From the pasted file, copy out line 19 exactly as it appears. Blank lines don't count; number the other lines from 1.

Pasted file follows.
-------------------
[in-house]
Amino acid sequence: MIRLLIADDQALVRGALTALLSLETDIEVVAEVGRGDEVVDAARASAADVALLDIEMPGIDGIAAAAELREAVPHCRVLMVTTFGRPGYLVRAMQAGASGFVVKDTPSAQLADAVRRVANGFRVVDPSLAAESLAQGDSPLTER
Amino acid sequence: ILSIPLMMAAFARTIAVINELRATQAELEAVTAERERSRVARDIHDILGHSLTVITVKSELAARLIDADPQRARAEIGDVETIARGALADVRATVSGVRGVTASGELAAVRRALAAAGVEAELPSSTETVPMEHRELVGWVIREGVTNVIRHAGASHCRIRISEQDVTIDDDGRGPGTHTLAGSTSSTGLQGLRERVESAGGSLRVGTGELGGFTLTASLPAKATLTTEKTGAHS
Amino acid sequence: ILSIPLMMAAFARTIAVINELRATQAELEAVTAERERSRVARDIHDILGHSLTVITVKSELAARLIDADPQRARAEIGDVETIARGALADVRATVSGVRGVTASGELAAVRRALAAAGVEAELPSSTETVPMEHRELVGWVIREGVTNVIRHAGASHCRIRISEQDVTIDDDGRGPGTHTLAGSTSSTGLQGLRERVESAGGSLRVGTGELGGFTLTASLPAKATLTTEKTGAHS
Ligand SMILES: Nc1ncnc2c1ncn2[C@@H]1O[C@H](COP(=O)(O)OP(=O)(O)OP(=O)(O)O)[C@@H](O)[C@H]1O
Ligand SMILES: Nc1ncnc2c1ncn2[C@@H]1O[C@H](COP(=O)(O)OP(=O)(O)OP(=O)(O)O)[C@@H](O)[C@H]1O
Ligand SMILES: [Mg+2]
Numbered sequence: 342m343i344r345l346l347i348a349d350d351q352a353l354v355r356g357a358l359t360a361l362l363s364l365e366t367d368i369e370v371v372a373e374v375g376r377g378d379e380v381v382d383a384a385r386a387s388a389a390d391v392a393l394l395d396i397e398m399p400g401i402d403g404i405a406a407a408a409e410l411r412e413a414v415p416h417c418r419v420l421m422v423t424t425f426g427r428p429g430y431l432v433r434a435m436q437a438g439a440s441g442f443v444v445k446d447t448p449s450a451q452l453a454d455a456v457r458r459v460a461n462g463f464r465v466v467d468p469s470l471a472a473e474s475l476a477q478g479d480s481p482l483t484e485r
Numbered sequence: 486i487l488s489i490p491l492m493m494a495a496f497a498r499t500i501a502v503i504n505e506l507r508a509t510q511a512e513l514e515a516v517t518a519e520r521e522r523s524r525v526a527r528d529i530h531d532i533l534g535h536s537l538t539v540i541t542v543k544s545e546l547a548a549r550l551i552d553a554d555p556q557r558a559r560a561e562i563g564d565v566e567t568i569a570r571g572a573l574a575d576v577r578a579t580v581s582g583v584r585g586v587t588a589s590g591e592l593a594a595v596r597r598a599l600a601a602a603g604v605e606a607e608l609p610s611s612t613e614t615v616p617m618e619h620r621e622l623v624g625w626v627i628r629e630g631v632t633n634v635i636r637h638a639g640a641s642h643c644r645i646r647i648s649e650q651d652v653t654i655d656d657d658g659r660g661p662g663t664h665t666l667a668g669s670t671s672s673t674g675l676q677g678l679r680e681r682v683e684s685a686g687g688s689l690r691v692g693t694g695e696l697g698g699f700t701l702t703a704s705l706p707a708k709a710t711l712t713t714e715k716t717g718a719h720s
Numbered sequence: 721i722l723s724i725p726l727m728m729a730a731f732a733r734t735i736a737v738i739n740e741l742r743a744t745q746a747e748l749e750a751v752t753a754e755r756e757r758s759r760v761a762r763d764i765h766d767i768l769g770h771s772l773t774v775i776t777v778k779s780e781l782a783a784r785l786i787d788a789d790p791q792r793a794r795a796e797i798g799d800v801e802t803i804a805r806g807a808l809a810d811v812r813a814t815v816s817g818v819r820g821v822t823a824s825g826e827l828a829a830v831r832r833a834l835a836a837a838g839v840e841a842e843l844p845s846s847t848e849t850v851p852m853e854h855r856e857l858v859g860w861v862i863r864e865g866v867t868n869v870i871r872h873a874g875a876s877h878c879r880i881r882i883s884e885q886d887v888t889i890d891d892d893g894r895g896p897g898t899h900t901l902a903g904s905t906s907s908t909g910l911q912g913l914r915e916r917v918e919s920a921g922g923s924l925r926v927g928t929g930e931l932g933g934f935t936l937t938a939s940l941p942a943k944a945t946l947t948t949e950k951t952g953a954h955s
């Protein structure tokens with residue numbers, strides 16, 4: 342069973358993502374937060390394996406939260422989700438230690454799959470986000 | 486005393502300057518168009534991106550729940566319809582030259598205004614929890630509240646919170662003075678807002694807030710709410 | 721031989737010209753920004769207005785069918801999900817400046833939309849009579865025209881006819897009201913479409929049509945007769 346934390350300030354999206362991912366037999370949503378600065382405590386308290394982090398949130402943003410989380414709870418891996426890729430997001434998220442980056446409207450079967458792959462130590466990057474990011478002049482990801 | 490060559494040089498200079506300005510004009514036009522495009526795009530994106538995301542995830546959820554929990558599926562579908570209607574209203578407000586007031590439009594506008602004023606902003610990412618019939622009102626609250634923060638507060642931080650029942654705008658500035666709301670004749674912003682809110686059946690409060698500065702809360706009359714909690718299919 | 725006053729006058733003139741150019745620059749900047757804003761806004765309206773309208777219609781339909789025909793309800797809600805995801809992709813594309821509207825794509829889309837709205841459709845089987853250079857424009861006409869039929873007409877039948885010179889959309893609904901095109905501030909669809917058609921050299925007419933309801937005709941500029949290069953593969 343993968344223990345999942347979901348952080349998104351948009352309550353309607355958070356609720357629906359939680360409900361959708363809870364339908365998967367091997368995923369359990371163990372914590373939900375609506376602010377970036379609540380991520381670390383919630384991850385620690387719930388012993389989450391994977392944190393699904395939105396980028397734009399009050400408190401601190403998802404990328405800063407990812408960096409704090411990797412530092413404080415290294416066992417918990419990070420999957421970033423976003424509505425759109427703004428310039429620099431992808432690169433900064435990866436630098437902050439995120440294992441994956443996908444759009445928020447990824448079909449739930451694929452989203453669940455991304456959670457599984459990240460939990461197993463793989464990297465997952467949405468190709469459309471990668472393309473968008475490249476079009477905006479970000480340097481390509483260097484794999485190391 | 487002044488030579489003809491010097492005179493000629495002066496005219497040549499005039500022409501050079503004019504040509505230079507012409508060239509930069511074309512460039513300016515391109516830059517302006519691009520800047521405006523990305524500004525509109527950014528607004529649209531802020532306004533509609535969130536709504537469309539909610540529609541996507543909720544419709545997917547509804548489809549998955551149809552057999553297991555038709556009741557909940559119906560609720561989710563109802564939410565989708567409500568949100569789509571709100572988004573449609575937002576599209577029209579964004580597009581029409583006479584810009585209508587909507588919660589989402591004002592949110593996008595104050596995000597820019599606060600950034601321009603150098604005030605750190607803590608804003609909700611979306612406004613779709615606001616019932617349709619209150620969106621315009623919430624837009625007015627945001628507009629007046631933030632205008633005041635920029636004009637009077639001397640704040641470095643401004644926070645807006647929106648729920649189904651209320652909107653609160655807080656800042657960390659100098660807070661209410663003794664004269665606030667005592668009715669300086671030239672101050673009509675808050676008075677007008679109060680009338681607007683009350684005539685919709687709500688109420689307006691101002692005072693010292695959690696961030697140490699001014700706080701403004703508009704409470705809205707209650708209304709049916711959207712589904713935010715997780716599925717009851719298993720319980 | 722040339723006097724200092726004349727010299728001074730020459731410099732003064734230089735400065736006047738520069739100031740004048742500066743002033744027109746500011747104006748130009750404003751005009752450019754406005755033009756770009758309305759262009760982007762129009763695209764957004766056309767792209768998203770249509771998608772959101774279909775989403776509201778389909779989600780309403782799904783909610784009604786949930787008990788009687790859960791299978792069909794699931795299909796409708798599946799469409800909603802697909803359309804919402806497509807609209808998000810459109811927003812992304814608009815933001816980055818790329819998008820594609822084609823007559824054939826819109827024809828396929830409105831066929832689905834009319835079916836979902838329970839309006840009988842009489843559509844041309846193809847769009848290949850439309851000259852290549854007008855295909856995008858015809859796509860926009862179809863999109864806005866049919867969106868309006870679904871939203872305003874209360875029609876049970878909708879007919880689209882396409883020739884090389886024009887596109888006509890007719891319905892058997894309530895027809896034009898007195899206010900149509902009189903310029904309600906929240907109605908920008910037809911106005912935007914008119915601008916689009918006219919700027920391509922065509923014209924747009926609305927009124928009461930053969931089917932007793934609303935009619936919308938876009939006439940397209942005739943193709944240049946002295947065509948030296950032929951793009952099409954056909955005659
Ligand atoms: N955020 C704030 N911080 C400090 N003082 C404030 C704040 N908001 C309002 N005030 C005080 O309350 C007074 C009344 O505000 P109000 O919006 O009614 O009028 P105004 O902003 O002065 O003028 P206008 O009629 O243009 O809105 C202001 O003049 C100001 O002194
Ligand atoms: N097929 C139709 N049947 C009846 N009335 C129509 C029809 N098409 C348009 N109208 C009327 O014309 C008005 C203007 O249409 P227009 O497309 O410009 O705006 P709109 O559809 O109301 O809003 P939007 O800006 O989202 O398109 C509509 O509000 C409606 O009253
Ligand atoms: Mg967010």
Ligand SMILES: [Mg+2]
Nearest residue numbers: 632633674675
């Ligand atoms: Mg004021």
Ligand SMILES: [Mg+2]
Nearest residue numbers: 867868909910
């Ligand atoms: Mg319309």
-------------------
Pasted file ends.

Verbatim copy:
Nearest residue numbers: 867868909910